The Blue Sky Boys, Kentucky.
Gene Autry, Little Big Dry.
For the last post before Christmas, here are two celebrations of home.
The Blue Sky Boys were not from Kentucky--Bill and Earl Bolick were born in Hickory, North Carolina. They began singing in 1935 as another of the country "brother" acts so popular in the 1930s, and chose their slightly abstract touring name in part to stand out against the likes of the Shelton Brothers and the Rice Brothers and the Monroe Brothers. Earl played guitar, Bill mandolin; Earl sang lead baritone, Bill provided tenor harmony.
After the Bolicks came back from the war, they found things had changed. Under pressure from their record company to make songs about catting around and drinking for honky-tonk jukeboxes, the Blue Sky Boys instead became ever more fervent purists. While their old rivals the Delmore Brothers incorporated electric guitar and hillbilly stomp to reinvent their sound, the Bolicks' only concession to modern tastes was to add an occasional fiddle and bass. This constant war with record companies led the Blue Sky Boys to ultimately quit the game in 1951, though they re-formed a few times in the 1960s and 1970s.
"Kentucky" was recorded on May 7, 1947, in New York, with Samuel Parker helping on fiddle. One slight sign of racial progress--the original song's line about "darkeys singing in the silvery moonlight" was replaced by the Bolicks as "voices singing." The song is basically out of print, as I got it off a Smithsonian Country Music LP set, and I can find no place to find it on CD other than a massively comprehensive and massively expensive CD set.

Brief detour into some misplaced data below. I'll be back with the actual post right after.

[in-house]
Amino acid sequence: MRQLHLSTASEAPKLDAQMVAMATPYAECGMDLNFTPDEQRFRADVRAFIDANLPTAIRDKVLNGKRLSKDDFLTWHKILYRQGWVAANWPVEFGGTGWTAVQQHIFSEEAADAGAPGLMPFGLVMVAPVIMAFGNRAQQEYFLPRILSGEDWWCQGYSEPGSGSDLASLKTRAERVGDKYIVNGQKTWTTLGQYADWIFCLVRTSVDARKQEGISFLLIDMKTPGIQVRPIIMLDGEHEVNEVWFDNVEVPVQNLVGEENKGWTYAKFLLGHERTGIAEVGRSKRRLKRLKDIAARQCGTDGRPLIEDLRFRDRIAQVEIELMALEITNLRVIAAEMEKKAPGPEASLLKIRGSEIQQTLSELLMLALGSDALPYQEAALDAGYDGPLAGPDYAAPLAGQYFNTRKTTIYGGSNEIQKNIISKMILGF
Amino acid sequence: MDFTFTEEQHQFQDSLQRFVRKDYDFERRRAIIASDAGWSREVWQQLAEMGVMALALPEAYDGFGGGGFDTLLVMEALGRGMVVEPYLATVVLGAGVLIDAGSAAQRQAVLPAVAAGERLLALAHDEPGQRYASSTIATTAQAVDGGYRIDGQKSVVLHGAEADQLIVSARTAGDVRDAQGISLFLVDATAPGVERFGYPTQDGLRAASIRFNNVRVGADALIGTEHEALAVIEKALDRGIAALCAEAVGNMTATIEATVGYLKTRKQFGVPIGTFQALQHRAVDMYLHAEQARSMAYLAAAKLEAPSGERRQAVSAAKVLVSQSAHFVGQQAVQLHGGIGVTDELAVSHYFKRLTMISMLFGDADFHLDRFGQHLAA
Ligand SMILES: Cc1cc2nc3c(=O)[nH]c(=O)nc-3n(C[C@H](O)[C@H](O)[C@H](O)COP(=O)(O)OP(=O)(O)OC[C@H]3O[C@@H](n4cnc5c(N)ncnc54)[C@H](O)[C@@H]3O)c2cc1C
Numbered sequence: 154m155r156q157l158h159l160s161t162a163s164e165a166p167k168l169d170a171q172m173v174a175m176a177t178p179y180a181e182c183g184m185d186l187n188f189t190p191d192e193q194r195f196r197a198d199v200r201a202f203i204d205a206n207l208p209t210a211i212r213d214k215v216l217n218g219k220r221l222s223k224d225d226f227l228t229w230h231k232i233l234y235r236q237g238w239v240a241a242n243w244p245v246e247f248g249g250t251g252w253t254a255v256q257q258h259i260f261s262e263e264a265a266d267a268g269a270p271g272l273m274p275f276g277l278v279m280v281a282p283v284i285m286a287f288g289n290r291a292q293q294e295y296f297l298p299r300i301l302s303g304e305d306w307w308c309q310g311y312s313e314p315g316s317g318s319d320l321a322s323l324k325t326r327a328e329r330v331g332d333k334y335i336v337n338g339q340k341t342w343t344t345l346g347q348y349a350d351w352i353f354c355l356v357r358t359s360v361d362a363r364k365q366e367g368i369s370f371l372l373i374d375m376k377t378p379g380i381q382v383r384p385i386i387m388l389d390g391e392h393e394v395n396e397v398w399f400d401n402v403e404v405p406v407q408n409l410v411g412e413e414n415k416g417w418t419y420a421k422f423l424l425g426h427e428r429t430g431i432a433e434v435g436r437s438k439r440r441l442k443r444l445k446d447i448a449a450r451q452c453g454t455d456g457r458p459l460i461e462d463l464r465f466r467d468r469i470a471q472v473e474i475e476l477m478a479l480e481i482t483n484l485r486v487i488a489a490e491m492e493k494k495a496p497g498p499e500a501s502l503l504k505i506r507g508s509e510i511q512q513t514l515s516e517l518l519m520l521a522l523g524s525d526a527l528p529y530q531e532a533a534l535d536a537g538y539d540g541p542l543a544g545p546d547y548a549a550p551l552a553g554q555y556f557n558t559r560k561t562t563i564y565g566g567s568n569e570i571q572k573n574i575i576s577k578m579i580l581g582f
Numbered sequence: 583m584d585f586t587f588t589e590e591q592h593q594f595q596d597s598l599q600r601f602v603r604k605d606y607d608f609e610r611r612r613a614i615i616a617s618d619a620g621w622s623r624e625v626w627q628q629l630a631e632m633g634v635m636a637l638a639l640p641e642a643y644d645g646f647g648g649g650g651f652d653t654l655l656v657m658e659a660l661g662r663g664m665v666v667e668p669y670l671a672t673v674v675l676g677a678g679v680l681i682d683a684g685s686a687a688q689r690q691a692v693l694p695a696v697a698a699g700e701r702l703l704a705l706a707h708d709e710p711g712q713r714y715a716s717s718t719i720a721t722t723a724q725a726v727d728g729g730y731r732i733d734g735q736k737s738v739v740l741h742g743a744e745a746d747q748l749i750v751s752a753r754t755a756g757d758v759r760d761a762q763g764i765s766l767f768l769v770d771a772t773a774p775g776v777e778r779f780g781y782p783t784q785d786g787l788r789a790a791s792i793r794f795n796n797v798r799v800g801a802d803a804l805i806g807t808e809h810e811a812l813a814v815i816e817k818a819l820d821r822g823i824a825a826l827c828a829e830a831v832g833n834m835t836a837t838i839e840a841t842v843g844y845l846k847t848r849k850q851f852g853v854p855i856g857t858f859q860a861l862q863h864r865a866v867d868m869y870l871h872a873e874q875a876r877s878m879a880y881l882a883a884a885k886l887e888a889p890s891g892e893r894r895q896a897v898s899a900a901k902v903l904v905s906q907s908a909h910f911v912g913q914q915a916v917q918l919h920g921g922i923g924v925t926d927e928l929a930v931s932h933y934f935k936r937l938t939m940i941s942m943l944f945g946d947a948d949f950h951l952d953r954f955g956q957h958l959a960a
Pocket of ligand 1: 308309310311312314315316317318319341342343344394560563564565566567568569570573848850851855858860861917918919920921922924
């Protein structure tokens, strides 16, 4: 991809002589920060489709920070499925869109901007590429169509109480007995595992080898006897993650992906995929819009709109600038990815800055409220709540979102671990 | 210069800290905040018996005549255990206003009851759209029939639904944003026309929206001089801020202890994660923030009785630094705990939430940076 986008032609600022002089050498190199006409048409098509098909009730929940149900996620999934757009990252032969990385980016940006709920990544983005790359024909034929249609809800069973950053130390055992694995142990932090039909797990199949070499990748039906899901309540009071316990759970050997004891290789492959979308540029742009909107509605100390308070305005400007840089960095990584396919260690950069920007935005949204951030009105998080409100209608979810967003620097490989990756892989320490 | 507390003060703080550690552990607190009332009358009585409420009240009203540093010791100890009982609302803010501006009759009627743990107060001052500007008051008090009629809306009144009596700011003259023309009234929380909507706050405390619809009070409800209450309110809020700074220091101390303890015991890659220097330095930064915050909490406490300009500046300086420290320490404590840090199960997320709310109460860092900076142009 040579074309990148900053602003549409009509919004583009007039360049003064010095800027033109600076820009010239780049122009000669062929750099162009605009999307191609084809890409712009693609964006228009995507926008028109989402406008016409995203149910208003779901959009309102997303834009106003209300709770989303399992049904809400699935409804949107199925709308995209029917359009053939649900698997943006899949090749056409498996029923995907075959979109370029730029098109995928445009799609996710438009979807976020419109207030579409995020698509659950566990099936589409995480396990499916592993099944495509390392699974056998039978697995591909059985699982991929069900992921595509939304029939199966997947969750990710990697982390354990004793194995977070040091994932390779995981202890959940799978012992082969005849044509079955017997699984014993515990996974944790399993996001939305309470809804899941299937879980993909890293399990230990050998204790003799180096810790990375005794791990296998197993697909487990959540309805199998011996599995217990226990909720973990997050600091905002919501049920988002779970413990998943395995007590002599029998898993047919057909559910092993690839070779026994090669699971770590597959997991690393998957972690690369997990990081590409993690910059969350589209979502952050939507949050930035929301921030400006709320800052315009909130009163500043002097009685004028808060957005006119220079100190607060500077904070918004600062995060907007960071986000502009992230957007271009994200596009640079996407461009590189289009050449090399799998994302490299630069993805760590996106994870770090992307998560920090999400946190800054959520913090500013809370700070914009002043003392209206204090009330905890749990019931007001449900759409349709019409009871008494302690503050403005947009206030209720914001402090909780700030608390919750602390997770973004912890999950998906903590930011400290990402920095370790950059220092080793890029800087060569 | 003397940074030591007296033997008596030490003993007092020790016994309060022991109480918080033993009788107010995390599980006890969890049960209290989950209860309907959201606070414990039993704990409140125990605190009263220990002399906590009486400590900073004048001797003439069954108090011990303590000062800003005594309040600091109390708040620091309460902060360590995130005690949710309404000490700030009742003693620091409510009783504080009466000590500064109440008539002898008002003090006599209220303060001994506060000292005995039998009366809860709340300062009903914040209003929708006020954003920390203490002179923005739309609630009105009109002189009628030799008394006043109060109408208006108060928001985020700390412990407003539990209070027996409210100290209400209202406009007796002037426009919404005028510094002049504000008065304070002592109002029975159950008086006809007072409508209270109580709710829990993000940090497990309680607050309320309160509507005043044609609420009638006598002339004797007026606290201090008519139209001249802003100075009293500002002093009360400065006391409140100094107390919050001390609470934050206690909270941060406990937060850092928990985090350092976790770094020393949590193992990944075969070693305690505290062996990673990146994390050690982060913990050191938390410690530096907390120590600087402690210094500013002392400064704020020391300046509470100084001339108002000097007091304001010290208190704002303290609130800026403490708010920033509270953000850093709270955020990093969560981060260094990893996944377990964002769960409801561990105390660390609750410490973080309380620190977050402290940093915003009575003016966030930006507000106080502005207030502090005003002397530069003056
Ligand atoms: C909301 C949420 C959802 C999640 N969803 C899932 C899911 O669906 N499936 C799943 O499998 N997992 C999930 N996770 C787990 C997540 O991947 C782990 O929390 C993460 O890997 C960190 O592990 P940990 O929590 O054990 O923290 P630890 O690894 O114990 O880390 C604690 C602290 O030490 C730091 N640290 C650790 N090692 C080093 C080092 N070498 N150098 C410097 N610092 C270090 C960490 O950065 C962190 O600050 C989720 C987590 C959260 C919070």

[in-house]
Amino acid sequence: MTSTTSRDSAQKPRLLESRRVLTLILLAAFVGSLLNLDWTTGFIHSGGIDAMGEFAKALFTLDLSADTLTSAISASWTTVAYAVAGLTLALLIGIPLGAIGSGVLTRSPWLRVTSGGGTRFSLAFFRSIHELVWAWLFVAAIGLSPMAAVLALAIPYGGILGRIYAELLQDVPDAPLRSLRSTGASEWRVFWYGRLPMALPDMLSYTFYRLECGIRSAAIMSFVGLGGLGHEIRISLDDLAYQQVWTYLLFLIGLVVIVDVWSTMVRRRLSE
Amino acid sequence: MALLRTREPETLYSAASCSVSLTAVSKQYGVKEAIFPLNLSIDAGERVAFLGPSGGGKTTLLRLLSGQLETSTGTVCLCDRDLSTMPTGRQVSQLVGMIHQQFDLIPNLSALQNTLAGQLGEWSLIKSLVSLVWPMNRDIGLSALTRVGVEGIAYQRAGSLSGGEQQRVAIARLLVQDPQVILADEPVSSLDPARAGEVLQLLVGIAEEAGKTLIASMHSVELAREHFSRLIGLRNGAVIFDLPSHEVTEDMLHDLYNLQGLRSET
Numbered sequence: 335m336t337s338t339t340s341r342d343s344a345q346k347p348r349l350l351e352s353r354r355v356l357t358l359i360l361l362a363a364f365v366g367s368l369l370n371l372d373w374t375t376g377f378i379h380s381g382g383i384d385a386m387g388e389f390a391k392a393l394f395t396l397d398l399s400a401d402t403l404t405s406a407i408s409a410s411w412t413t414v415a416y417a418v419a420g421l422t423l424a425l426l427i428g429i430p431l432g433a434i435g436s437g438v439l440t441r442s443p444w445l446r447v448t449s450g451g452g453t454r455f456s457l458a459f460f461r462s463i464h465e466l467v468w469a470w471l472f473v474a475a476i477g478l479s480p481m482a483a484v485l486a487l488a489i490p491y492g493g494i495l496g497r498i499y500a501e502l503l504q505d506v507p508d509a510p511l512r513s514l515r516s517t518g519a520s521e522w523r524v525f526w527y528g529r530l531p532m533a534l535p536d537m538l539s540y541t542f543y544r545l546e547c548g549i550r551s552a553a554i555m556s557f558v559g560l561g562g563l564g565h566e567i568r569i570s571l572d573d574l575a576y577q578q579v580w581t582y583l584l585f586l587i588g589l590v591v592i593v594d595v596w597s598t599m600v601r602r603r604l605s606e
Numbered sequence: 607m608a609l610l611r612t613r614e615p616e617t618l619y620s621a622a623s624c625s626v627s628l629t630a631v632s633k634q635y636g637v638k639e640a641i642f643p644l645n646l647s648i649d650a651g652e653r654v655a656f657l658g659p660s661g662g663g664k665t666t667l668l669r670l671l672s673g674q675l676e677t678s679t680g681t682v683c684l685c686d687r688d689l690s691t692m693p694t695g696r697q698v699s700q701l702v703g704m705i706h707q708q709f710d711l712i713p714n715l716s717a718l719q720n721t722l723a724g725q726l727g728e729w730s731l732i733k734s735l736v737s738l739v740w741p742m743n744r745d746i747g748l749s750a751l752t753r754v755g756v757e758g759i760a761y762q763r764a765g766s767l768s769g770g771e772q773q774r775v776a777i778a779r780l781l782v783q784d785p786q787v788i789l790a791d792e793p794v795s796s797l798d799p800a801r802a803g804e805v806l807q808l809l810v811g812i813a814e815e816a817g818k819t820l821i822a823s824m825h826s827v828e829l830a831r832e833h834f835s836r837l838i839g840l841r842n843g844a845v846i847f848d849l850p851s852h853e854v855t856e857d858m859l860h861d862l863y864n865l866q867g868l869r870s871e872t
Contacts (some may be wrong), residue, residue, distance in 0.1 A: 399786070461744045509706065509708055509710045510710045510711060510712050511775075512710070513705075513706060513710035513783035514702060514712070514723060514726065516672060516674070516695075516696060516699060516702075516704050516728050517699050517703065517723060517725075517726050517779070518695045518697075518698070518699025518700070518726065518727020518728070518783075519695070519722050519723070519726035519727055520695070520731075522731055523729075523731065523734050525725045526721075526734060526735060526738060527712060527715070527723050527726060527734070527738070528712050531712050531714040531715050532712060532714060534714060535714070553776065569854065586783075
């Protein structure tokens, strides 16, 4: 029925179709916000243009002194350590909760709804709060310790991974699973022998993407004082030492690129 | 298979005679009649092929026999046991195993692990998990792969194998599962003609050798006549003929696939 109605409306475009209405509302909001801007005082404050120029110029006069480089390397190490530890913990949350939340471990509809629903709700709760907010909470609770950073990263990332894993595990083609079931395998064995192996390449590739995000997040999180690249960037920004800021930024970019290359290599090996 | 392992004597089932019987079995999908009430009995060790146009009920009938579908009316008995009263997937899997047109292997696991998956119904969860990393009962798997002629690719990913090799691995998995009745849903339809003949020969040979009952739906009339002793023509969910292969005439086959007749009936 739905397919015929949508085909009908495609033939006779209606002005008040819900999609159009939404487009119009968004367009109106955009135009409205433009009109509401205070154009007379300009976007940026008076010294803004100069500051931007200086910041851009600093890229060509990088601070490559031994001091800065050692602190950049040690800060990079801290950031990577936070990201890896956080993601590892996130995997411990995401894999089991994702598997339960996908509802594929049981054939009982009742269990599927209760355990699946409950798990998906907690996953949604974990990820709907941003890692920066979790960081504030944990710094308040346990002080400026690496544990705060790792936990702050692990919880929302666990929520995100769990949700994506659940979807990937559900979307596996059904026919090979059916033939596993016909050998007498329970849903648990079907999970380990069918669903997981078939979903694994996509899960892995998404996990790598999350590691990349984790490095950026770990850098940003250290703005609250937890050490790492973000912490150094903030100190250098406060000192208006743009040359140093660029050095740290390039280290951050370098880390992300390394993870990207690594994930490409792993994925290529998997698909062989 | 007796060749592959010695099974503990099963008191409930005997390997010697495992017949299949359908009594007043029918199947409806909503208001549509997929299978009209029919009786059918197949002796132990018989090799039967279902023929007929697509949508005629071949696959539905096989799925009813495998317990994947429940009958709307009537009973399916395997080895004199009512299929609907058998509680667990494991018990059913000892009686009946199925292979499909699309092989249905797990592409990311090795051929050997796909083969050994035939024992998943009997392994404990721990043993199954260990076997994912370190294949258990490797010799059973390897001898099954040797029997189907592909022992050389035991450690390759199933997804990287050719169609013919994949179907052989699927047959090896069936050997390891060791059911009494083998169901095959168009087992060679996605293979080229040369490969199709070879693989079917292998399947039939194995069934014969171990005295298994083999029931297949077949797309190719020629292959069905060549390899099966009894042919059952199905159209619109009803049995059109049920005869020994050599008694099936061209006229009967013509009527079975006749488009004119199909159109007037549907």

Where the Blue Sky Boys turned Kentucky into a lost Eden, Gene Autry's Little Big Dry is not even a backwater, which gives the singer a humble pride.
Autry needs no introduction--he, along with John Wayne, Randolph Scott, John Ford and Roy Rogers, turned the dirty and chaotic settling of the American west into the country's national mythology. He was also the best singer among them.
"Little Big Dry", recorded on December 5, 1947, can be found here. It was used in the odd film "Riders of the Whistling Pines", which featured Autry flying a DDT-spraying plane.
Merry Christmas, and see you in a week.